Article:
The Minister for Pacific Peoples, Aupito William Sio is pleased to announce the inaugural launch of Kiribati Language Week as part of the 2020 Pacific language Weeks programme. “I am so pleased that this year we are able to provide resourcing support to the Kiribati community in Aotearoa which will ...
    BeehiveBy beehive.govt.nz
    21 hours ago
  • New support package for wildlife institutions
    Wildlife institutions affected by a loss of visitor revenue during the COVID-19 lockdown are set to receive government support with nearly $15 million of funding available announced Minister of Conservation Eugenie Sage.  “Eco-sanctuaries, zoos, aquariums, wildlife parks, and wildlife rescue, hospital and rehabilitation facilities provide crucial support for the recovery ...
    BeehiveBy beehive.govt.nz
    23 hours ago
  • 300,000 students to benefit from free mental health services
    The Government is expanding and accelerating frontline mental health and wellbeing services at tertiary education institutes (TEI) to help students manage ongoing stresses related to COVID-19. “The lockdown has been hugely disruptive for students. Many of them have had to relocate and move to online learning, isolating them from their ...
    BeehiveBy beehive.govt.nz
    24 hours ago
  • Gang crime, meth harm targeted in Waikato
    The Minister of Police says a major operation against the Mongrel Mob in Waikato will make a big dent in drug harm and violent offending linked to organised crime networks. “Senior leadership of the Waikato Mongrel Mob has been taken out as a result of Operation Kingsville, which resulted in ...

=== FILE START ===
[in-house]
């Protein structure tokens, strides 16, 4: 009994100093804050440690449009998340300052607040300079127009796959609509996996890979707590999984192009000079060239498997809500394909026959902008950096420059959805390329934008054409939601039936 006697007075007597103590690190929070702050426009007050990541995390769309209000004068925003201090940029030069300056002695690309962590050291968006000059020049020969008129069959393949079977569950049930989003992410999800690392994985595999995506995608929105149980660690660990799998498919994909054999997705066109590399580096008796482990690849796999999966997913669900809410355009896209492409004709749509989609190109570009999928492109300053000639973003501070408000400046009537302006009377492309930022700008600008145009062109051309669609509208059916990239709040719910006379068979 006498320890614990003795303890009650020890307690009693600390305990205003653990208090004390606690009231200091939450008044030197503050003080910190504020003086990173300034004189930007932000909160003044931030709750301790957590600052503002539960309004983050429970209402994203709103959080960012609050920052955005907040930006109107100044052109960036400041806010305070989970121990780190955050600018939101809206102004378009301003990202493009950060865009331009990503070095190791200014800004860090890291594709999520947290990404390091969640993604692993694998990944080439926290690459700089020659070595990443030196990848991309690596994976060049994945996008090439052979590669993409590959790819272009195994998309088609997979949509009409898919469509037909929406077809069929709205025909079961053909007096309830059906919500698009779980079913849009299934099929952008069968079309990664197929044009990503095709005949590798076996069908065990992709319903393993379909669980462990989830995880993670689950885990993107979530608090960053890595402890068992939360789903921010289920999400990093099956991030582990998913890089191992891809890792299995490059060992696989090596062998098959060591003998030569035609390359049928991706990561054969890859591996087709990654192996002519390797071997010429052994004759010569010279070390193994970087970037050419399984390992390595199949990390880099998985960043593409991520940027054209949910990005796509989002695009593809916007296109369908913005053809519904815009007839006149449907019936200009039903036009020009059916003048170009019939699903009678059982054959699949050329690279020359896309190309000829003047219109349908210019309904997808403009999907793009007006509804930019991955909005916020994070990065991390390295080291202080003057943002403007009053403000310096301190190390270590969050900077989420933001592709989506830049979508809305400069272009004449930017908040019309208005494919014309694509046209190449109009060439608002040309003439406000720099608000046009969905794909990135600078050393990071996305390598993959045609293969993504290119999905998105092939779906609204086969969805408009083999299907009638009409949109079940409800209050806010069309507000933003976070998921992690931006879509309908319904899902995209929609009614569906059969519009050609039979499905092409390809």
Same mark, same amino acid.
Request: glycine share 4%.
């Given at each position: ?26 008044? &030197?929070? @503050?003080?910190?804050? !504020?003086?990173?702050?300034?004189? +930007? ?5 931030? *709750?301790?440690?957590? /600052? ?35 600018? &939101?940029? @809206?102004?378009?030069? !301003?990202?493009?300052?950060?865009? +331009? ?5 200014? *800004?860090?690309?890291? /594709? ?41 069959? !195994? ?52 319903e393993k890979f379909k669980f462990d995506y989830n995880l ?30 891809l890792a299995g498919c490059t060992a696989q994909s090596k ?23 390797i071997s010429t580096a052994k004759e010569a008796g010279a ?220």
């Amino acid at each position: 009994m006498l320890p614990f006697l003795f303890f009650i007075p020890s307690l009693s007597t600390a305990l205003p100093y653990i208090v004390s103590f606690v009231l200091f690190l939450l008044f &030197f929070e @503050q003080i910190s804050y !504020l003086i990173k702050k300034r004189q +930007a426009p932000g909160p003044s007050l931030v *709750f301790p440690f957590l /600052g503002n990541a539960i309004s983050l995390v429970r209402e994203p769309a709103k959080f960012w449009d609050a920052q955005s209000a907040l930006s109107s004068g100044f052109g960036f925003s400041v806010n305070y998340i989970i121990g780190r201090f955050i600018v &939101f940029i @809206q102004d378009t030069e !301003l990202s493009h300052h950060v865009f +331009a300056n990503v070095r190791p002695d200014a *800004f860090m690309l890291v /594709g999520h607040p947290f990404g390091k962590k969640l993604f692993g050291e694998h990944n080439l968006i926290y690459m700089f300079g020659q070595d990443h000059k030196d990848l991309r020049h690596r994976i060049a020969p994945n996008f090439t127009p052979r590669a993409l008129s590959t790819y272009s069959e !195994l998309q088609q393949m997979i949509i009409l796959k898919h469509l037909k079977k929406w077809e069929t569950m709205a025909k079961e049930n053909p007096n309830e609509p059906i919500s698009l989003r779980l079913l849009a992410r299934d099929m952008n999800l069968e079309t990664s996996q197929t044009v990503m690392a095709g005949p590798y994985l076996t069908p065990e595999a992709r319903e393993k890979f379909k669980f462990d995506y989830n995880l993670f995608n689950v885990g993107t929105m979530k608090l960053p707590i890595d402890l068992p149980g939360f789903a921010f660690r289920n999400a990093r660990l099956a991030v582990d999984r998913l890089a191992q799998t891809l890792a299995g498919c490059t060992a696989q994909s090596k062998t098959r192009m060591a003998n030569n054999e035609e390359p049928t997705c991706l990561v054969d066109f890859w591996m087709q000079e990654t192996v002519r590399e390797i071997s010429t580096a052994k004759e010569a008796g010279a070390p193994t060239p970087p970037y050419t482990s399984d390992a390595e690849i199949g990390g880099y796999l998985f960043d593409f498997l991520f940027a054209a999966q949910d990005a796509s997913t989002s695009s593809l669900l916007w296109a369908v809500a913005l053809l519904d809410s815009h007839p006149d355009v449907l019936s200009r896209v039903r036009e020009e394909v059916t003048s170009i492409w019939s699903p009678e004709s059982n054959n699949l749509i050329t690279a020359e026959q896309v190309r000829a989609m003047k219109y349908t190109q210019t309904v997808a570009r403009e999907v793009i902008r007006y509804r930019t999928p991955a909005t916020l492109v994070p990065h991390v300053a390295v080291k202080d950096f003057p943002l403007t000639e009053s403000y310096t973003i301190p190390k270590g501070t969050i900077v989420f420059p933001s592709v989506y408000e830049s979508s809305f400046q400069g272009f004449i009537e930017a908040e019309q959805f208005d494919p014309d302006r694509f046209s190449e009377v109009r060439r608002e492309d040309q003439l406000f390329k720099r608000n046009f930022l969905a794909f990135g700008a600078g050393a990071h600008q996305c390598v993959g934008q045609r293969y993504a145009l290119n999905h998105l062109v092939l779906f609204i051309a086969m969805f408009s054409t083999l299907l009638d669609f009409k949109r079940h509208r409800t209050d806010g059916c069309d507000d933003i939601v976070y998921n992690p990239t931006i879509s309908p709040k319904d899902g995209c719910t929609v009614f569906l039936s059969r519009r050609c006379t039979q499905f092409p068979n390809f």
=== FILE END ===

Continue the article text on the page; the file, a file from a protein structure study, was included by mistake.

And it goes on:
BeehiveBy beehive.govt.nz
    2 days ago
  • Supporting victims and families to attend mosque attack sentencing
    The Government is extending the border exception criteria to enable some offshore victims and support people of the Christchurch mosque attacks to attend the sentencing of the accused beginning on 24 August2020, says Immigration Minister Iain Lees-Galloway. “We want to support our valued Muslim brothers and sisters who were directly ...
    BeehiveBy beehive.govt.nz
    2 days ago
  • Boost for community freshwater restoration projects
    A project to support volunteer efforts to look after streams and rivers is getting a boost thanks to support from DOC’s Community Conservation Fund announced Minister of Conservation Eugenie Sage today.  “The government is backing efforts to look after waterways with $199,400 for the Mountains to Sea Conservation Trust from ...
    BeehiveBy beehive.govt.nz
    2 days ago
  • More support for women and girls
    Minister for Women Julie Anne Genter today announced that funding for the COVID-19 Community Fund for women and girls will be doubled, as the first successful funding applications for the initial $1million were revealed. “Women and girls across the country have suffered because of the effects of COVID-19, and I ...
    BeehiveBy beehive.govt.nz
    2 days ago
  • Crown accounts stronger than forecast with higher consumer spending
    The Government’s books were better than forecast with a higher GST take as the economy got moving again after lockdown, Finance Minister Grant Robertson says. The Crown Accounts for the 11 months to the end of May indicate the year end results for tax revenue will be stronger than forecast. ...
    BeehiveBy beehive.govt.nz
    2 days ago
  • Govt releases plan to revitalise wool sector